Berkeley's giant boilers removed
THE final boiler has left Berkeley power station, marking the end of an era for the site.
The imposing piece of engineering is the last of 10 boilers to be removed from the South Gloucestershire site.
Engineers from Magnox, the company that manages the plant, worked in conjunction with the Low Level Waste Repository (LLWR) team, and its main contractor Studsvik, in what management called “a significant milestone in the site’s journey towards care and maintenance”.
The first five boilers were sent off the historic power plant early last year and have now been smelted, with 92-95 per cent being recycled. In total the removal of the 15 boilers means that 4,665 tonnes of waste have been removed from the site.
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Measured end to end, the 15 boilers would reach the top of Cleeve Hill, the highest point in Gloucestershire.
Since 1962, when generation began at Berkeley, the boilers were used like giant kettles to turn water into steam to drive the turbines. After the power station was closed, and as part of a project to lower the reactor safestore buildings, the boilers were removed from their upright position and laid down. The original plans for the site left the boilers in situ until 2074 but the Nuclear Decommissioning Authority (NDA) granted the site extra funding to remove the boilers earlier than planned.
Steve McNally, Berkeley site director, said: “The early removal of the boilers is a great achievement for the site. It’s not only a huge visual change but also takes the site a step closer to care and maintenance; which is our goal. It also means we have dealt with the waste now, rather than leaving it for the next generation.”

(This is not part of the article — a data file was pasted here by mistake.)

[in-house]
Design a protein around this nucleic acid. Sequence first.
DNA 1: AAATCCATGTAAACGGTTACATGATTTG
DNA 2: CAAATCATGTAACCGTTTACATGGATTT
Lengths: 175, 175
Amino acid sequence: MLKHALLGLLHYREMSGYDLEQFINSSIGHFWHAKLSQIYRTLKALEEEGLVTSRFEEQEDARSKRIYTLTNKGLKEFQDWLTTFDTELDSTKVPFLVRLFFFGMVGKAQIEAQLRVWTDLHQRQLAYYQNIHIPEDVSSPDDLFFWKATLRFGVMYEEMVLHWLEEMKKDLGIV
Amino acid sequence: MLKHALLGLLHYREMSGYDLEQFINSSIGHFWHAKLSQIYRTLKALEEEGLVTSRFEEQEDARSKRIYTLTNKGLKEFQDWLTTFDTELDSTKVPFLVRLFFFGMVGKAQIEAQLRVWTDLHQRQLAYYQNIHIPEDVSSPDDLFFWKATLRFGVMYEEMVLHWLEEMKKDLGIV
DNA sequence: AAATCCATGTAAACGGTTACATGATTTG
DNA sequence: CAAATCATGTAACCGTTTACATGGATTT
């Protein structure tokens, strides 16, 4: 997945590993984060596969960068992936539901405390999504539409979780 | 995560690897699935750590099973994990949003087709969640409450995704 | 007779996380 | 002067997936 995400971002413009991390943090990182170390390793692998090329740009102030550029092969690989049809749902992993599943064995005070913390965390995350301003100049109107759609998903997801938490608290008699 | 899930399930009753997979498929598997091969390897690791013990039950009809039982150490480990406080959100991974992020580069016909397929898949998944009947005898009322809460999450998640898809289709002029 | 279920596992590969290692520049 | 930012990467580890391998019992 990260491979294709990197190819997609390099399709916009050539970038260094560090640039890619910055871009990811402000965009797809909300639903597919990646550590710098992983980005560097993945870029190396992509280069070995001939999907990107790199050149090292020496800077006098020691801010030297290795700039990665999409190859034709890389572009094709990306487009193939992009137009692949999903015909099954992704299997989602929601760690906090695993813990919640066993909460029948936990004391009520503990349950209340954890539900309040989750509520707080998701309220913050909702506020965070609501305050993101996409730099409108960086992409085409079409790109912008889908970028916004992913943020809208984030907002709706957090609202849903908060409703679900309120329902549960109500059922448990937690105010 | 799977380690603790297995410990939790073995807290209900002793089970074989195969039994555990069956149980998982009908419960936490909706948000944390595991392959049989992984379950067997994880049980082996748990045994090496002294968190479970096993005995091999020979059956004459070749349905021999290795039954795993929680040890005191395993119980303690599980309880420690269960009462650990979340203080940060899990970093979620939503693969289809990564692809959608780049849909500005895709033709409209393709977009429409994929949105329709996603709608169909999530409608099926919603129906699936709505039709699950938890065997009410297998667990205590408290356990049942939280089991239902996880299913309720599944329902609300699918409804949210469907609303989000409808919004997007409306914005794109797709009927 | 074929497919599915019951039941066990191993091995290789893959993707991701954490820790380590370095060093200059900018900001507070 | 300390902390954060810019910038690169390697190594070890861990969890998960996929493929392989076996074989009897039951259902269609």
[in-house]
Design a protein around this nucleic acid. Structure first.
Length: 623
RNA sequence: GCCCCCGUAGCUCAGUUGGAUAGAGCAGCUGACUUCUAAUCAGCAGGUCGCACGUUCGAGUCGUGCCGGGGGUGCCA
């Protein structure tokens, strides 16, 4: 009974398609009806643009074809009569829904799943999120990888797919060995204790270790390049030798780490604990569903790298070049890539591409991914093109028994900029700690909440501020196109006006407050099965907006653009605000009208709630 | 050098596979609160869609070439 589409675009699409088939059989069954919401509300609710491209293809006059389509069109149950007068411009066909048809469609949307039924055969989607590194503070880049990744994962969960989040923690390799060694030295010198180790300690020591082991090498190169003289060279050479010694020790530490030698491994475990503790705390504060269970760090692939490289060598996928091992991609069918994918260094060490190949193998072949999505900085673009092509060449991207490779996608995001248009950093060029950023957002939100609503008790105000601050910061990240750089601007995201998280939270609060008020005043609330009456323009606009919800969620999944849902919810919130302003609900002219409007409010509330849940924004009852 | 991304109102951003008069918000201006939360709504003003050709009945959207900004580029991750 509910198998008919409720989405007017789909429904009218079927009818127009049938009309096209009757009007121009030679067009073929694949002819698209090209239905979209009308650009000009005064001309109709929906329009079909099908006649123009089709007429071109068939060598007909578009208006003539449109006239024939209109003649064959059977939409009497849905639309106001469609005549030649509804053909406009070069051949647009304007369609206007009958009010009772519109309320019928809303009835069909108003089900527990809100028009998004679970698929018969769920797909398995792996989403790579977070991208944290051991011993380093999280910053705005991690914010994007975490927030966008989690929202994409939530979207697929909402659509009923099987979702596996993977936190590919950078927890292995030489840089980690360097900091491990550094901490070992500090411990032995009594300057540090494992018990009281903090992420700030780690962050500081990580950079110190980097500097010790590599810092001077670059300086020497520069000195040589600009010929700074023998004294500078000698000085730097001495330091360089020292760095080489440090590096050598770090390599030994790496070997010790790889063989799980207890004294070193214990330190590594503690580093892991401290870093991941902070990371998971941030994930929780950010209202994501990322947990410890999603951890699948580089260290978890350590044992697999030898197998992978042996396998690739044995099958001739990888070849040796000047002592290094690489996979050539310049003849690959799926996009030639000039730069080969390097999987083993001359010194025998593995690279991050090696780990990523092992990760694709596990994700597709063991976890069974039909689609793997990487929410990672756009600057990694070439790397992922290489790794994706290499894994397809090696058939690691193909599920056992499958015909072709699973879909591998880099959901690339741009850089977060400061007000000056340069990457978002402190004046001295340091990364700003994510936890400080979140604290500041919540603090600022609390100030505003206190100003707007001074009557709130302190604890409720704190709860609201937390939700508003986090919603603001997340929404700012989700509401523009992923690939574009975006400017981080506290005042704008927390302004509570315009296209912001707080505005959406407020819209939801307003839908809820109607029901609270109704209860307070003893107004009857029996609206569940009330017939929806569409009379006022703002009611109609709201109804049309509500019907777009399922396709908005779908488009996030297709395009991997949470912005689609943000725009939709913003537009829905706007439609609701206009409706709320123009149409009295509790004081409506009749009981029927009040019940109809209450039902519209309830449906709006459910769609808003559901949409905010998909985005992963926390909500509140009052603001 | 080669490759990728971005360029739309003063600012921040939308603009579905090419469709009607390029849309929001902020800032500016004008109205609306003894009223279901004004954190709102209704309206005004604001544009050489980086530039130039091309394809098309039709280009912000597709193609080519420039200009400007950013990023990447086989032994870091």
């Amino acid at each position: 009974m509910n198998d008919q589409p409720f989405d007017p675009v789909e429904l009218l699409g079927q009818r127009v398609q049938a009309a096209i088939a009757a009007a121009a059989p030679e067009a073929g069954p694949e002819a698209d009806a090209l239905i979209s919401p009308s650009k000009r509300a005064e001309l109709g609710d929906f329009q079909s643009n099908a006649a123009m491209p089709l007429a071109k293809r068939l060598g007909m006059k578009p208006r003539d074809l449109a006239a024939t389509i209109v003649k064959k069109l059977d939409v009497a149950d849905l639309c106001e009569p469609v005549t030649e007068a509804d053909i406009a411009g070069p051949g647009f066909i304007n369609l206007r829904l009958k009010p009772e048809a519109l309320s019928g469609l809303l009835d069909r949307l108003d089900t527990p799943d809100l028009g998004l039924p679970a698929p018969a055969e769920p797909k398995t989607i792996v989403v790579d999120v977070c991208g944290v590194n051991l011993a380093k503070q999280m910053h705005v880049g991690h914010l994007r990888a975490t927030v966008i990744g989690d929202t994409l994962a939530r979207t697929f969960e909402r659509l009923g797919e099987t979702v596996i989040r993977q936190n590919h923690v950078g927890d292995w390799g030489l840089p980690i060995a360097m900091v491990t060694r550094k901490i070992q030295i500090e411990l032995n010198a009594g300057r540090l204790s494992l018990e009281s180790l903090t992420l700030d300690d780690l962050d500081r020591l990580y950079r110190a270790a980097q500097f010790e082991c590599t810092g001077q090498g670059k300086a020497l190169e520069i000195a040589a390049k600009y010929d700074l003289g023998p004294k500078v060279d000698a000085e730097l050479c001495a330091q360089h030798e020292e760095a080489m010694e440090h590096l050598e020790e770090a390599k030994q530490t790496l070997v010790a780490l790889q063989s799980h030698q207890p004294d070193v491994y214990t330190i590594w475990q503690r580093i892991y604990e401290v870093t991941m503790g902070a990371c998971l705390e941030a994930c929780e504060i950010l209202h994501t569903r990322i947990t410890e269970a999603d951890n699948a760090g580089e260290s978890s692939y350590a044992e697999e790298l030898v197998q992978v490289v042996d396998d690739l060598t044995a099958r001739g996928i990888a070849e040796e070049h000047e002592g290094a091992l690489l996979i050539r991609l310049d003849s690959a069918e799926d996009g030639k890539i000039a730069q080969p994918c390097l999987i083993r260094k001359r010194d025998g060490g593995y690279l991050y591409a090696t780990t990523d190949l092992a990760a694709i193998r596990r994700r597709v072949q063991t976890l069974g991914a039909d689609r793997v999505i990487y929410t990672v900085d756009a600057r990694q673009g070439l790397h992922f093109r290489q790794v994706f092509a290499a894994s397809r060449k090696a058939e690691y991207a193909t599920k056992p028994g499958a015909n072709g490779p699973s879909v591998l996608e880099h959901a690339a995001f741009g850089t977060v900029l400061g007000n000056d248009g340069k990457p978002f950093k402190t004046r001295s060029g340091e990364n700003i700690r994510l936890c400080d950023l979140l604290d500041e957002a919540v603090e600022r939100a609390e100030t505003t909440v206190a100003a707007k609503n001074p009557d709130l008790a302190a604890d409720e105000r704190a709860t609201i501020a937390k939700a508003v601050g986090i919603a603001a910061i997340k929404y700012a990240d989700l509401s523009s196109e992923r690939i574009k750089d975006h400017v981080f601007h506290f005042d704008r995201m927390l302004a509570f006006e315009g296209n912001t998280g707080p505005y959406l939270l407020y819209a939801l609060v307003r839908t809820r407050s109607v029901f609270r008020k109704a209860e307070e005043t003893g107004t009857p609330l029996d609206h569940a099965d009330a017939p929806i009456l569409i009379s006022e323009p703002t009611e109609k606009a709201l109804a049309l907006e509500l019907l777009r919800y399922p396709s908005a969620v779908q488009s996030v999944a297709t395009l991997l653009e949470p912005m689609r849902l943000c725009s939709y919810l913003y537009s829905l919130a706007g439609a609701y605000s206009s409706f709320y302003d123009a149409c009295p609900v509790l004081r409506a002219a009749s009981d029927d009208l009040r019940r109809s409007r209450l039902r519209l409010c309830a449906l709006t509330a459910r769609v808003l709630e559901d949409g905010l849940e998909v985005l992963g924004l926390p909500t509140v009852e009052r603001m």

Dennis Thompson, managing director of LLWR, said: “Because we had already piloted the removal of the first five boilers in 2012, we were confident that the removal of the remaining 10 would be accomplished to cost and schedule.
“Tribute should be paid to the excellent execution of the project by the project team which utilises skills and expertise across the four organisations. It really is a perfect example of true teamwork.”
The boilers were removed in groups of two on five separate days through February and March by heavy lifting sub-contractor ALE. They were transported through Berkeley town centre to Sharpness docks. Once at the docks the boilers were loaded on to a barge and taken down the River Severn to Avonmouth.
From there, the boilers were transferred to a sea-going vessel to Studsvik’s own nuclear licensed site in Sweden for treatment.
The Canal & River Trust is responsible for the safe navigation of the boilers through Sharpness Docks.
Nick Worthington, waterway manager at the Canal & River Trust, said: “We get some of the largest ships on the nation’s inland waterways come through Sharpness Docks and see plenty of interesting cargo, but the boilers probably top the lot.
“It’s a huge operation and we’re happy to do our bit to help the boilers on to the water so they can continue their journey to Scandinavia.”